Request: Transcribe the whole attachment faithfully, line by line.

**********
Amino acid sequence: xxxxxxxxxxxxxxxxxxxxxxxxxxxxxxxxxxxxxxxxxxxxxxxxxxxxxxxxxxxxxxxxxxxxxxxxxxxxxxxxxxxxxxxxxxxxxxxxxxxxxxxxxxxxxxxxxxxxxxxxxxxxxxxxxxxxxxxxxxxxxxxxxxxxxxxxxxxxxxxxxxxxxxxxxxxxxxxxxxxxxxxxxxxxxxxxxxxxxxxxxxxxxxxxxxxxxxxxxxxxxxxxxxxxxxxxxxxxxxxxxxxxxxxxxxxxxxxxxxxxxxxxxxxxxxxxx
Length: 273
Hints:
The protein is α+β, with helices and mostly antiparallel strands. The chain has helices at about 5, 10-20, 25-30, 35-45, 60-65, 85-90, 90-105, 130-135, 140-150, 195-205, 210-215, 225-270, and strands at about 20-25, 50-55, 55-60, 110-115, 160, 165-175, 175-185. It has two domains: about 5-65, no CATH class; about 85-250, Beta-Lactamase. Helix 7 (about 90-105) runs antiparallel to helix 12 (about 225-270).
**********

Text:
Amino acid sequence: xxxxxxxxxxxxxxxxxxxxxxxxxxxxxxxxxxxxxxxxxxxxxxxxxxxxxxxxxxxxxxxxxxxxxxxxxxxxxxxxxxxxxxxxxxxxxxxxxxxxxxxxxxxxxxxxxxxxxxxxxxxxxxxxxxxxxxxxxxxxxxxxxxxxxxxxxxxxxxxxxxxxxxxxxxxxxxxxxxxxxxxxxxxxxxxxxxxxxxxxxxxxxxxxxxxxxxxxxxxxxxxxxxxxxxxxxxxxxxxxxxxxxxxxxxxxxxxxxxxxxxxxxxxxxxxxx
Length: 273
Hints:
The protein is α+β, with helices and mostly antiparallel strands. The chain has helices at about 5, 10-20, 25-30, 35-45, 60-65, 85-90, 90-105, 130-135, 140-150, 195-205, 210-215, 225-270, and strands at about 20-25, 50-55, 55-60, 110-115, 160, 165-175, 175-185. It has two domains: about 5-65, no CATH class; about 85-250, Beta-Lactamase. Helix 7 (about 90-105) runs antiparallel to helix 12 (about 225-270).